Westminster Gym Upgrade Will Cost Taxpayer Up To £250,000

beautiful london architecture....
beautiful london architecture....

Taxpayers will be landed with a bill of up to £250,000 to upgrade a gym for MPs, peers and Parliament staff, new documents show.

Works to Westminster Gym, which is only open to parliamentary passholders, will include creating a room to store towels and developing a new spinning area, where members can train on static cycles.

The reception will be given a makeover with new fittings including display cases, pin boards, shelving and a desk, while a damp problem located near a shower room will be eradicated, according to the House of Commons (HOC) authorities

They add the male and female showers will be extended and improved, walls redecorated and the ventilation throughout the gym will be worked on as part of the refurbishment.

A new fire detection system and ramps to allow wheelchair access to the gym and an accessible shower room to comply with equality laws are in the proposals.

The revamp of the gym, which is in a basement area of the parliamentary estate, is estimated to cost between £200,000 and £250,000, new contract tender documents show.

In March 2010 the ventilation system of the wider basement area, which included the gym, was revamped at a cost of £247,500.

MPs can often be spotted among those working out in the gym, which also has saunas and an exercise studio named after former Commons speaker Betty Boothroyd.

The gym has 693 members and the Commons authorities say this number has been "stable" in recent years.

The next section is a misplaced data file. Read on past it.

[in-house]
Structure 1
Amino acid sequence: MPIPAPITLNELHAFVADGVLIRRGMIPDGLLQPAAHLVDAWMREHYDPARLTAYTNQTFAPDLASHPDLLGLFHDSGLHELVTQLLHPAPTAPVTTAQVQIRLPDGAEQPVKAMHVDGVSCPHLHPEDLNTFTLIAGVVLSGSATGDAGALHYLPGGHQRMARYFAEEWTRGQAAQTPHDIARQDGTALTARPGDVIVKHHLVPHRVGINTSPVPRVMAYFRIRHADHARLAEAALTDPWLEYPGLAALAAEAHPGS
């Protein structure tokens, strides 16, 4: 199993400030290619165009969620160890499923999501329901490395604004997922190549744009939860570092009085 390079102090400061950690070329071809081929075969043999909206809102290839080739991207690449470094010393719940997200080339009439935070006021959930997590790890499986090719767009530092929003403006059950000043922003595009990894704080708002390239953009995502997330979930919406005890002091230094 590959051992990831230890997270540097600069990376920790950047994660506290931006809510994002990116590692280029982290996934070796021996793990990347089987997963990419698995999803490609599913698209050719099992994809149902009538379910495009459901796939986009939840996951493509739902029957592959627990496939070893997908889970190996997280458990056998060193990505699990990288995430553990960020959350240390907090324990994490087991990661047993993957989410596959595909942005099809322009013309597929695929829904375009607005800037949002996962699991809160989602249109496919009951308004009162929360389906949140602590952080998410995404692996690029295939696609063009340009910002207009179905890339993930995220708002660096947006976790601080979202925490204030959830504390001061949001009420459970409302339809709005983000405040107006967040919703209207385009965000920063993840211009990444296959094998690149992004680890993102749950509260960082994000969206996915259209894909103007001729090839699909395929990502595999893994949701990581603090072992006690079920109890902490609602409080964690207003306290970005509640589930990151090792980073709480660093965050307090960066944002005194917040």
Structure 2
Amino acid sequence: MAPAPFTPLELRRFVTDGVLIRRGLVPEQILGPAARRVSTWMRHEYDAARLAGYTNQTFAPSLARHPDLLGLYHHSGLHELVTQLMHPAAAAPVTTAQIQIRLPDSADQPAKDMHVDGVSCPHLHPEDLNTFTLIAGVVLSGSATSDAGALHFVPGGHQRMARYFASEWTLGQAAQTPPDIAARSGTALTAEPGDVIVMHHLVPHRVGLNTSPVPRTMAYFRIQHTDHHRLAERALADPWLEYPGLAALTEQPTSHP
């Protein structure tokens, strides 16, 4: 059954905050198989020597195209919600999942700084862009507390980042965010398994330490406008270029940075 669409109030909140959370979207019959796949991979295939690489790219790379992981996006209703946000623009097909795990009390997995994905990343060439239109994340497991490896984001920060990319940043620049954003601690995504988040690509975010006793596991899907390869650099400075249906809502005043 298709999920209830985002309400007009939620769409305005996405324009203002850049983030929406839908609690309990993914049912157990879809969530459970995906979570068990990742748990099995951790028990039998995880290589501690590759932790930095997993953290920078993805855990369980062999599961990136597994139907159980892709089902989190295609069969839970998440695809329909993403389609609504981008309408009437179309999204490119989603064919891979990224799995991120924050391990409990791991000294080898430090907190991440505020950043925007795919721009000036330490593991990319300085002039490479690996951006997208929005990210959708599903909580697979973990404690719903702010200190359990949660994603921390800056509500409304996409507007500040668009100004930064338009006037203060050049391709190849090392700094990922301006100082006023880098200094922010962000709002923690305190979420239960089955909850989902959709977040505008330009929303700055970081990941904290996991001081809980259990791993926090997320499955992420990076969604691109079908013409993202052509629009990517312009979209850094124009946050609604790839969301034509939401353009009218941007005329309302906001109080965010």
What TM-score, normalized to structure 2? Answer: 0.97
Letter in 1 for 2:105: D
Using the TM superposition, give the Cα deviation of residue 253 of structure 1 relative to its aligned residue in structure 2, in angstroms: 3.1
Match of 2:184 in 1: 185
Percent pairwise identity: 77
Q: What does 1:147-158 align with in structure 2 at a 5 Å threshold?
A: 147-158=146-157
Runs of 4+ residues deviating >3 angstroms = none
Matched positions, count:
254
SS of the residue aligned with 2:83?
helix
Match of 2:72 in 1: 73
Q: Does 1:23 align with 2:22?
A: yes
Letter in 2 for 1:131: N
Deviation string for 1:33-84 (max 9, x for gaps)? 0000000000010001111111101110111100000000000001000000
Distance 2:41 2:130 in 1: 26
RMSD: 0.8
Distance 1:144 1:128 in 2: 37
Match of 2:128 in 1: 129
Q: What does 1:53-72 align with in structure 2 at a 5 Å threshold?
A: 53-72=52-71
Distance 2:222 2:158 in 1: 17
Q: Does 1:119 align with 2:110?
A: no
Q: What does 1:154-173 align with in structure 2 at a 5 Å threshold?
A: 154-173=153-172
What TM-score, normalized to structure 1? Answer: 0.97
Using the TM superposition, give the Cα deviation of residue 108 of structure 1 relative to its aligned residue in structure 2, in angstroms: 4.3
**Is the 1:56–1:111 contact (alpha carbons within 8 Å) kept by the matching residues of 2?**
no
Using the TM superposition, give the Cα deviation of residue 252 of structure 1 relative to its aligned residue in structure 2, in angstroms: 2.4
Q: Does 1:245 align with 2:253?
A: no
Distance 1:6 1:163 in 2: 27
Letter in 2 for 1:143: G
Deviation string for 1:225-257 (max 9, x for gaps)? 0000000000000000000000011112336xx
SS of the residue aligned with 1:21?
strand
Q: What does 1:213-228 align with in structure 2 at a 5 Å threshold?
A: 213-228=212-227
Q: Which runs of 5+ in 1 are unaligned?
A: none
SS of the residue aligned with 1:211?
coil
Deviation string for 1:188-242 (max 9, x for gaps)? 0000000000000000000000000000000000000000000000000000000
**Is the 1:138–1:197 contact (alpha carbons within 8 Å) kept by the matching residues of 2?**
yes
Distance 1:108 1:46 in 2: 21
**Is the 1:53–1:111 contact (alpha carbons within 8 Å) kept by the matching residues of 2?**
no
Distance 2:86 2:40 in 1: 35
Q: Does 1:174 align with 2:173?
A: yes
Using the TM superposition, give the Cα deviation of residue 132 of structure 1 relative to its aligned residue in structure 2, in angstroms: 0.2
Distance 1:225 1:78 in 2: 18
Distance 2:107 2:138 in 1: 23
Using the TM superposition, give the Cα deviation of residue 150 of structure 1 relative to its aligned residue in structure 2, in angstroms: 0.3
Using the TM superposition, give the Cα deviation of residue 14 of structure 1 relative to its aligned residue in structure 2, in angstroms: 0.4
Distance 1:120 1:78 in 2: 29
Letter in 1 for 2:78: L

Registered charity Jubilee Hall Trust has operated the facility since 1999, successfully tendering twice for the management contract.

The HOC said there was no payment to secure the contract.

Income and profits are generated from membership fees, with the most expensive option costing £47 a month.

This includes access to the trust's gyms in Covent Garden and Hammersmith plus the UK Fitness Network, which allows a person to visit clubs in London and the south east.

The Commons receives a share of the profits made from running the gym, which it says it uses for upgrading or replacing gym equipment.

In 2011/12, it received £23,676 and in 2012/13 it collected £21,337.

Jubilee Hall Trust has previously stated its surpluses are used to fund its community outreach work, which includes programmes to support obese children in Southwark and free gym sessions for people on benefits in Camden.

A House of Commons spokesman said the exact cost of the new revamp project will depend on the contract tender process and the final plans.

He said: "Parliament, through the Houses of Parliament safety, health and wellbeing service, facilitates the provision of the staff gym as part of developing a healthy working environment and encouraging people to have a positive attitude to health at work.

"The gym is open to all at parliament and used by staff, and MPs and their staff. There will be a fair and open competition to tender for the refurbishment of this heavily used area of the parliamentary estate, including carrying out essential works to eliminate a problem with dampness in what is a grade two star listed building."


The Commons authorities say the money for the project will be taken out of its capital budgets.

Jonathan Isaby, political director of campaign group the Taxpayers' Alliance, said public cash to the gym should be cut.

"Those of us who are members of a gym in the outside world expect refurbishments and improvements to facilities to be funded through our membership fees," he said.

"When there are other perfectly good gyms within walking distance of Parliament, why should the one exclusively for parliamentary passholders be subject to such a massive taxpayer subsidy?

"The parliamentary authorities need to cut the taxpayers' money being diverted into this facility and, if necessary, membership fees should be increased in order to cover its costs."

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